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Mice Study: Strict Diet Hinders Breast Cancer

Mice Study:  Strict Diet Hinders Breast Cancer Strict caloric restrictions have been found to improve lifespan in mice with an aggressive form of breast cancer.

As discussed in the journal Breast Cancer Research and Treatment, the triple negative subtype of breast cancer is less likely to spread, or metastasize, to new sites in the body when mice were fed a restricted diet.

“The diet turned on a epigenetic program that protected mice from metastatic disease,” said senior author Nicole Simone, M.D., an associate professor at Thomas Jefferson University.

When mouse models of triple negative cancer were fed 30 percent less than what they ate when given free access to food, the cancer cells decreased their production of microRNAs — genetic markers that are often increased in triple negative cancers that metastasize.

Breast cancer patients are often treated with hormonal therapy to block tumor growth, and steroids to counteract the side effects of chemotherapy.

However, both treatments can cause a patient to have altered metabolism which can lead to weight gain. In fact, women gain an average of 10 pounds in their first year of treatment.

Recent studies have shown that too much weight makes standard treatments for breast cancer less effective, and those who gain weight during treatment have worse cancer outcomes.

“That’s why it’s important to look at metabolism when treating women with cancer,” said Simone.

In earlier studies, Simone and colleagues had shown that calorie restriction boosted the tumor-killing effects of radiation therapy.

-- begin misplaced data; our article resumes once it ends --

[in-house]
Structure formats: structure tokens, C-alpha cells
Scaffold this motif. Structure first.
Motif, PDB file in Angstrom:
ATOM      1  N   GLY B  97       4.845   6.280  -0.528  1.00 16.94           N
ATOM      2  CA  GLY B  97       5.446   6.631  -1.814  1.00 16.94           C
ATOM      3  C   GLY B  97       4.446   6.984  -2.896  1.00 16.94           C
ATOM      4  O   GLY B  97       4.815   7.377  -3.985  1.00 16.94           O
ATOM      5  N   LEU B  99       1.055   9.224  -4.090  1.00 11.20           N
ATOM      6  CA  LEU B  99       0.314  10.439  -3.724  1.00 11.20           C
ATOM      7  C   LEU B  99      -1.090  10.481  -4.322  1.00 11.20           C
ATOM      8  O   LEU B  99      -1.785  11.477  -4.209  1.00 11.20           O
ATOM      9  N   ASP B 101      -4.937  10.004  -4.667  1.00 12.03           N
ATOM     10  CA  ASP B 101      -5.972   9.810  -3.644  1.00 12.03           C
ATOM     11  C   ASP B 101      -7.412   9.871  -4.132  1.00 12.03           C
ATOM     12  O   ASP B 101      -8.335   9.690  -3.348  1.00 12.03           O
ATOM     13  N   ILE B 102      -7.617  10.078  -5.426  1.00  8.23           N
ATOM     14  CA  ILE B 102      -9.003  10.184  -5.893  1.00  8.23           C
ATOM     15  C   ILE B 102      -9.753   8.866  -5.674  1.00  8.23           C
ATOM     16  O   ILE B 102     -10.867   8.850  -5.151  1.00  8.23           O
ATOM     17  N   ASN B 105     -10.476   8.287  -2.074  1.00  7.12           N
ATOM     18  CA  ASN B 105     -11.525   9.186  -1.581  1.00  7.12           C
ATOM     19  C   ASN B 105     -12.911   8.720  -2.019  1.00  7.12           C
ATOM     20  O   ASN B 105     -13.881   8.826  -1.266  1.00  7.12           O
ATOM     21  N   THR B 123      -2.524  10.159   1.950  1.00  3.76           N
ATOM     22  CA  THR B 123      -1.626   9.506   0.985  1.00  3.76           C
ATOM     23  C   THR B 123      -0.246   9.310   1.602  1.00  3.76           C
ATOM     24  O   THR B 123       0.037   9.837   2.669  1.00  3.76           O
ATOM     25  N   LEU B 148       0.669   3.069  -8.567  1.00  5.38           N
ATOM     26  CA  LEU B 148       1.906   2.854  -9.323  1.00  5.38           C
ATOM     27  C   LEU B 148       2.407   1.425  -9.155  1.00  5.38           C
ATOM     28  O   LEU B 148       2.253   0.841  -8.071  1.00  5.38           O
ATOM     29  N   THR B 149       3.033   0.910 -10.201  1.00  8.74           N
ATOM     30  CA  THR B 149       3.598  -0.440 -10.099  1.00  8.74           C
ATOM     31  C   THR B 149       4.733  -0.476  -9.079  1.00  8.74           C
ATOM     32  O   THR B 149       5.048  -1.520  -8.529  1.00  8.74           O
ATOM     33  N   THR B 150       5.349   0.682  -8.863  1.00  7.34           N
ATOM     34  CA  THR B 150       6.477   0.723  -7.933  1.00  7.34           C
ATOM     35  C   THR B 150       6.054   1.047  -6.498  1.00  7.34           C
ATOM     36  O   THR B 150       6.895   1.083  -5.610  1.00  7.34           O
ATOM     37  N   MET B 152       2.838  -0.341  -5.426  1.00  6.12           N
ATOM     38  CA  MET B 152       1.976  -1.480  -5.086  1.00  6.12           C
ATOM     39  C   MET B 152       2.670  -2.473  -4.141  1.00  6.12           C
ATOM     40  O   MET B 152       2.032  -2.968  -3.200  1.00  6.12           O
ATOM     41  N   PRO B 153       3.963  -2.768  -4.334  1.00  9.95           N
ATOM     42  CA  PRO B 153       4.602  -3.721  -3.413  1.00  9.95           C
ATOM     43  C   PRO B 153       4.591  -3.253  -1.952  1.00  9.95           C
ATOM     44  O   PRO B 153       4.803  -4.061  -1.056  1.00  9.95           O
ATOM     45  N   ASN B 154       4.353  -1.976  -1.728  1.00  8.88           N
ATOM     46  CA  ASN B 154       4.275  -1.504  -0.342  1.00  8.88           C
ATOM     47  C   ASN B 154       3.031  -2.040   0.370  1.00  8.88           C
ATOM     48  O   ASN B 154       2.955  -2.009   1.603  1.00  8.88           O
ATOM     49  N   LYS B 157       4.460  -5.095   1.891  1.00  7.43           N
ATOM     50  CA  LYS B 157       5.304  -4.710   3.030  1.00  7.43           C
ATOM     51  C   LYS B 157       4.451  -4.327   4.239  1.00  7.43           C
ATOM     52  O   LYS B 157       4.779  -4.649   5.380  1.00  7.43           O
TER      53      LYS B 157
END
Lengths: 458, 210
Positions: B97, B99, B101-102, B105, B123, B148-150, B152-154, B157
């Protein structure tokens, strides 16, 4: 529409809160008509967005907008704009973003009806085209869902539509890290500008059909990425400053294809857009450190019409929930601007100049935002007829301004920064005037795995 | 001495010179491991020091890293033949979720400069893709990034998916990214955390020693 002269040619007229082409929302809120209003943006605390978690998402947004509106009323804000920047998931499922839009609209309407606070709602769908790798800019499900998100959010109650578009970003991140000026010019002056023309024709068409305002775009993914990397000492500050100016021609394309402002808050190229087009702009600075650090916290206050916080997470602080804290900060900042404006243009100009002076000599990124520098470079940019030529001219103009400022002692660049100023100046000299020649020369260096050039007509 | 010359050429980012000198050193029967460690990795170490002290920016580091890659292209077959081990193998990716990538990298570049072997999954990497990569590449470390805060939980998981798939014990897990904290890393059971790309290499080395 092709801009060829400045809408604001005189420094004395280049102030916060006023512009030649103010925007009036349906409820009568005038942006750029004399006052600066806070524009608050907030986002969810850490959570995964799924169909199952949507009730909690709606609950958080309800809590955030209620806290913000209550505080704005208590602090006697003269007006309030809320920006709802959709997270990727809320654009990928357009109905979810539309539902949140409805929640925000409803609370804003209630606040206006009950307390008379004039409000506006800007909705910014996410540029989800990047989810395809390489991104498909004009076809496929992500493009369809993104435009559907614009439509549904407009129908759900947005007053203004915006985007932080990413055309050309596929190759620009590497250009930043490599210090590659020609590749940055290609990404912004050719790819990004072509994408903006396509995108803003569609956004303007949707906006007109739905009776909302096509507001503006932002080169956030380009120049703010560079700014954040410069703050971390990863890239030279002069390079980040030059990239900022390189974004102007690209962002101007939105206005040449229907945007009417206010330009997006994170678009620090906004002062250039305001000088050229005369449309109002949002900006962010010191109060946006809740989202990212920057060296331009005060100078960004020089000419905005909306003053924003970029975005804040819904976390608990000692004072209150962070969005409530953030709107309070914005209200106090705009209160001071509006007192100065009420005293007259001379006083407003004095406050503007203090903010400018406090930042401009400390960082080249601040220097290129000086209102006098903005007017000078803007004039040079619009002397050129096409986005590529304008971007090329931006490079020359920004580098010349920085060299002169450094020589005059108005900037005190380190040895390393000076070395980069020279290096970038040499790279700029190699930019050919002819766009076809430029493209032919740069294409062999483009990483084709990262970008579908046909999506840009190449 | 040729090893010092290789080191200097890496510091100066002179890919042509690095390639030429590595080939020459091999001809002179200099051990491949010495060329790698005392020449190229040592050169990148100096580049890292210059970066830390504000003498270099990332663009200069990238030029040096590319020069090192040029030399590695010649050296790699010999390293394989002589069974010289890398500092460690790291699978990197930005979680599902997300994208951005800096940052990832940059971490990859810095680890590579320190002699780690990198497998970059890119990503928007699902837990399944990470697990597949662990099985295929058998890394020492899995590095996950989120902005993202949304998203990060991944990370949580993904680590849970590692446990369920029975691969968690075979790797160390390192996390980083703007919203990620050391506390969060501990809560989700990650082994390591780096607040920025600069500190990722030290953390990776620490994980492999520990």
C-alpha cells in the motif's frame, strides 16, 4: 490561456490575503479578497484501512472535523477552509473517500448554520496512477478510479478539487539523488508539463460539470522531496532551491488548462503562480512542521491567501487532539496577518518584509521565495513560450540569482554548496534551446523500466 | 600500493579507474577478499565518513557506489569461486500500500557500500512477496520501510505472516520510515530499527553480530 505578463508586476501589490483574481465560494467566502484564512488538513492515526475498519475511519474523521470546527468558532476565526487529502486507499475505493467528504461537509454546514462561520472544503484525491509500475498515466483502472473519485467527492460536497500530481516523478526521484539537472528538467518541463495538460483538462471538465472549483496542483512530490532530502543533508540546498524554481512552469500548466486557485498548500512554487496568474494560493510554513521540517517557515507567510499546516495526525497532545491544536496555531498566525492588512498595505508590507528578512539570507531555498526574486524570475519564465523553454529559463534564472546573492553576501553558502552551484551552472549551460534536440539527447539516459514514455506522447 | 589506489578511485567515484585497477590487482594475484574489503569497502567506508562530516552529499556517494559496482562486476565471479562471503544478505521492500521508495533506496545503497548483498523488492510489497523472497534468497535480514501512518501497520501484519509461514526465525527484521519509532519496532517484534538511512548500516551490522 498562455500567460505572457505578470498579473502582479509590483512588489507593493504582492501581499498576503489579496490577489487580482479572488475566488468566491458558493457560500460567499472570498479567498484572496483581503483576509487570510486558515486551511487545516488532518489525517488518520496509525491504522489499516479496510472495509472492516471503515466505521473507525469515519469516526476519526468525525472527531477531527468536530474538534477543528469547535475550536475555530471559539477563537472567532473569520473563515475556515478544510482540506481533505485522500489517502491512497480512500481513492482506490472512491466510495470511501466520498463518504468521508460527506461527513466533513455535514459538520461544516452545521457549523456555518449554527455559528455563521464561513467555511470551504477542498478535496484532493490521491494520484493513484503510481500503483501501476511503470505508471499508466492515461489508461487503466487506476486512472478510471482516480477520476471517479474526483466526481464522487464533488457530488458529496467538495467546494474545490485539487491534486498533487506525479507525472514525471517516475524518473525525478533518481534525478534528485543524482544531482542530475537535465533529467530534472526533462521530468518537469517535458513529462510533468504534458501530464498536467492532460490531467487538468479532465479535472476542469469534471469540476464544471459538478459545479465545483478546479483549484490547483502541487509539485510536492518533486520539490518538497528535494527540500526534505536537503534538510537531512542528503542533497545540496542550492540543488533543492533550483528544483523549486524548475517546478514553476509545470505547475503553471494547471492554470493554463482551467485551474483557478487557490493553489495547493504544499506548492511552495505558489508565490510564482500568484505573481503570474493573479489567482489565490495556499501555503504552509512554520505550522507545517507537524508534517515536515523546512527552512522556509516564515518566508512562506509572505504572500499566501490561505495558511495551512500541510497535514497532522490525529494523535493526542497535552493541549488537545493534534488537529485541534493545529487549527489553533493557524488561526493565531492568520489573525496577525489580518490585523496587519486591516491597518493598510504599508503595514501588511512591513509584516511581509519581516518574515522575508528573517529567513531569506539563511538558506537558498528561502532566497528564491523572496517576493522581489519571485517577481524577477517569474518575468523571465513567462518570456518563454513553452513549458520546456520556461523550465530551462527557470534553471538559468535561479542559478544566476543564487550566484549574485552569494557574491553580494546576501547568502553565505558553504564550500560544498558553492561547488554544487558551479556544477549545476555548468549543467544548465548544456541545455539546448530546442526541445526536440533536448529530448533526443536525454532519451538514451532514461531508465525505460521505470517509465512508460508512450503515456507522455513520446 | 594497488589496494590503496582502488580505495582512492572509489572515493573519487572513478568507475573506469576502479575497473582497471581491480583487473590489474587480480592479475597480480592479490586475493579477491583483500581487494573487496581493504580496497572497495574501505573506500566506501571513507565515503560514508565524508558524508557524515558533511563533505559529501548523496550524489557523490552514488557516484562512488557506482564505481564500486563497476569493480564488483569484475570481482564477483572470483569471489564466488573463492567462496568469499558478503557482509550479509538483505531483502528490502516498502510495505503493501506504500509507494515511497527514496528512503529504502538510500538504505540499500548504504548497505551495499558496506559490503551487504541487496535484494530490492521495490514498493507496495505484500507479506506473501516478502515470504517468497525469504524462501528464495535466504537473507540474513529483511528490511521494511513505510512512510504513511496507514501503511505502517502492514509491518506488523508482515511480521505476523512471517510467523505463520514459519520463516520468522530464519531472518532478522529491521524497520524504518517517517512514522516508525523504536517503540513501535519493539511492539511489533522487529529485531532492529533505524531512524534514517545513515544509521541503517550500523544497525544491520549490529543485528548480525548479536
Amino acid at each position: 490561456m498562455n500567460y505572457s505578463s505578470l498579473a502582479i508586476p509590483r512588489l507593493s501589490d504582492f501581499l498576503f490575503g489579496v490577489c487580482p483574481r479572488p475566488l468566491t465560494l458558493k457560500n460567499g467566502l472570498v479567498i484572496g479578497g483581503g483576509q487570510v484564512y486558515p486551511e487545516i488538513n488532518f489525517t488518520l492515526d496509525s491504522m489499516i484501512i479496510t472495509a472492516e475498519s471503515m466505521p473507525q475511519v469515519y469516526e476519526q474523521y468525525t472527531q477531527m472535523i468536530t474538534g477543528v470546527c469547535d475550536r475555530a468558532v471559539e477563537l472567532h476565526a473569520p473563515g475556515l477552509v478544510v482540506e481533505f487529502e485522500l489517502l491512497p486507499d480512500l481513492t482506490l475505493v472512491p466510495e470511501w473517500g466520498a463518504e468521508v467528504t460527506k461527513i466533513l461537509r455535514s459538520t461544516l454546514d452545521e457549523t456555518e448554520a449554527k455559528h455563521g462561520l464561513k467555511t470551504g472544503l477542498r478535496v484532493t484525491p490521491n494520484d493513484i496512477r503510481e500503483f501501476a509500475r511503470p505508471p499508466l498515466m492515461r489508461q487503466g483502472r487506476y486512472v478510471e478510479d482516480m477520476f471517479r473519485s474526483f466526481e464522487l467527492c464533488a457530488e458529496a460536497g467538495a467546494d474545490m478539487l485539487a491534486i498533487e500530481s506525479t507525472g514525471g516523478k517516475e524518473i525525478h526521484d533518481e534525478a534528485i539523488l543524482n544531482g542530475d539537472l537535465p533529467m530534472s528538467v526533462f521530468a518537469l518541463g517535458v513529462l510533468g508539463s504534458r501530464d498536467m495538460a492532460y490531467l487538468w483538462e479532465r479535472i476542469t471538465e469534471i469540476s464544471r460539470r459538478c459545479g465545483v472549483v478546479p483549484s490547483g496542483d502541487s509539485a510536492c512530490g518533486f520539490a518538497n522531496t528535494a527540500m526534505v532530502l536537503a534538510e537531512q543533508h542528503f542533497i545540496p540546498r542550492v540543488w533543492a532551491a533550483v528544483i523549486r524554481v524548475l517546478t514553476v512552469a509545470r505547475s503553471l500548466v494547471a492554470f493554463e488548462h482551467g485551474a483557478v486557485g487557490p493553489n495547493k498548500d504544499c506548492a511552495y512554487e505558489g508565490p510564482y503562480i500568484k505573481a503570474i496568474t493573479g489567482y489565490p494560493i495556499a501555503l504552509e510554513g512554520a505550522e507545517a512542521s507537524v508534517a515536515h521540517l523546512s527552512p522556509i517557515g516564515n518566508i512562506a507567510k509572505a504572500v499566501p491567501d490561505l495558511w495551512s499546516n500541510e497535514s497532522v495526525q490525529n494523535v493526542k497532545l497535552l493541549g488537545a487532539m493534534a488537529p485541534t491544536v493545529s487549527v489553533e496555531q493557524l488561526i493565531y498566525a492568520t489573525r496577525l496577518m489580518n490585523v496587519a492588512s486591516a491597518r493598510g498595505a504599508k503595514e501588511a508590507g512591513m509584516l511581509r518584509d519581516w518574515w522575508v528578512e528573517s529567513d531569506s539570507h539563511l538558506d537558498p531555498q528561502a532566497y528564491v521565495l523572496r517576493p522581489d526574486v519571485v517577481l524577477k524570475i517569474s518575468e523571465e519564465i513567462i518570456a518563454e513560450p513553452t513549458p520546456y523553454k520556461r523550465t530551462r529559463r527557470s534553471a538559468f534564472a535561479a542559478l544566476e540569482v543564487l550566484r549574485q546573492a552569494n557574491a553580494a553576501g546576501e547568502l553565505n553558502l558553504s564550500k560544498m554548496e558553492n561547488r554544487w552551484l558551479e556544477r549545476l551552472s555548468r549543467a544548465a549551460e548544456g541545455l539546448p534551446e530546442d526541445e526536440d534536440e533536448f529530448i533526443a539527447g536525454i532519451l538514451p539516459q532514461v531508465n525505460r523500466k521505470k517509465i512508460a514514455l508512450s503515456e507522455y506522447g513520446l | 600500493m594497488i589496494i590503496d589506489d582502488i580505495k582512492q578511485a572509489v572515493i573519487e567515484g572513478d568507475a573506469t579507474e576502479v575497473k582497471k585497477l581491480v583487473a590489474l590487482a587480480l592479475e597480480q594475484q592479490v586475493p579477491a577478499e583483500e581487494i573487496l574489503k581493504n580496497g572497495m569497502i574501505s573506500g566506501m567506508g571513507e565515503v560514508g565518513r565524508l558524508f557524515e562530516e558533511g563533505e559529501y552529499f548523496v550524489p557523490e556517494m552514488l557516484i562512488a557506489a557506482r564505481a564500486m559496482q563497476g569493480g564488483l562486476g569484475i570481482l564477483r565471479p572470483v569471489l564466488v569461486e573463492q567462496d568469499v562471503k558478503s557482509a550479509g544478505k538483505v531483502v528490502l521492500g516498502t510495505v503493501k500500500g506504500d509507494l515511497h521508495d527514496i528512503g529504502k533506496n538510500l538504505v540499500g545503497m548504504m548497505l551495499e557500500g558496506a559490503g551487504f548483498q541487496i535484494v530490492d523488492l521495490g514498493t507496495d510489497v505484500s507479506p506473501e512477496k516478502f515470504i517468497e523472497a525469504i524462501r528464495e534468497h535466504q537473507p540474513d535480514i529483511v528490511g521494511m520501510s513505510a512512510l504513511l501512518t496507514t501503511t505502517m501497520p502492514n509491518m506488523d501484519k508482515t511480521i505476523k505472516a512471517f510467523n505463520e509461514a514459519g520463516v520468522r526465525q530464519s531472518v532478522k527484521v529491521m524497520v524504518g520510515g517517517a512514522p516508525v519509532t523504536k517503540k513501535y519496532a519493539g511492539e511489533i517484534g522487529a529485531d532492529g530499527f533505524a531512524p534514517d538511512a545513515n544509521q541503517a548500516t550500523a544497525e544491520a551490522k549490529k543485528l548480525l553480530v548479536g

This study aimed to examine which molecular pathways were involved in this cooperative effect.

The investigators noticed that microRNAs — a type of RNA that regulates other genes in the cell decreased the most when mice were treated with both radiation and calorie restriction.

This decrease in turn increased the production of proteins involved in maintaining the extracellular matrix.

“Calorie restriction promotes epigenetic changes in the breast tissue that keep the extracellular matrix strong,” Simone said.

“A strong matrix creates a sort of cage around the tumor, making it more difficult for cancer cells to escape and spread to new sites in the body.”

Understanding the link to specific microRNAs provides researchers a molecular target for diagnosing cancers that are more likely to metastasize and, potentially, for developing a new drug to treat the cancers.

In theory, a drug that decreased a particular RNA — miR 17 — could have the same effect on the extracellular matrix as calorie restriction.

However, targeting a single molecular pathway, such as the miR17 is unlikely to be as effective as calorie restriction, said Simone.

Triple negative breast cancers tend to be quite different genetically from patient to patient.

If calorie restriction is as effective in women as it is in animal models, then it would likely change the expression patterns of a large set of genes, hitting multiple targets at once without toxicity.

Source: Thomas Jefferson University

Mouse eating by shutterstock.

Mice Study: Strict Diet Hinders Breast Cancer

Rick Nauert PhD

Rick Nauert, PhDDr. Rick Nauert has over 25 years experience in clinical, administrative and academic healthcare. He is currently an associate professor for Rocky Mountain University of Health Professionals doctoral program in health promotion and wellness. Dr. Nauert began his career as a clinical physical therapist and served as a regional manager for a publicly traded multidisciplinary rehabilitation agency for 12 years. He has masters degrees in health-fitness management and healthcare administration and a doctoral degree from The University of Texas at Austin focused on health care informatics, health administration, health education and health policy. His research efforts included the area of telehealth with a specialty in disease management.

APA Reference
Nauert PhD, R. (2018). Mice Study: Strict Diet Hinders Breast Cancer. Psych Central. Retrieved on December 3, 2020, from
Scientifically Reviewed
Last updated: 8 Aug 2018 (Originally: 27 May 2014)
Last reviewed: By a member of our scientific advisory board on 8 Aug 2018
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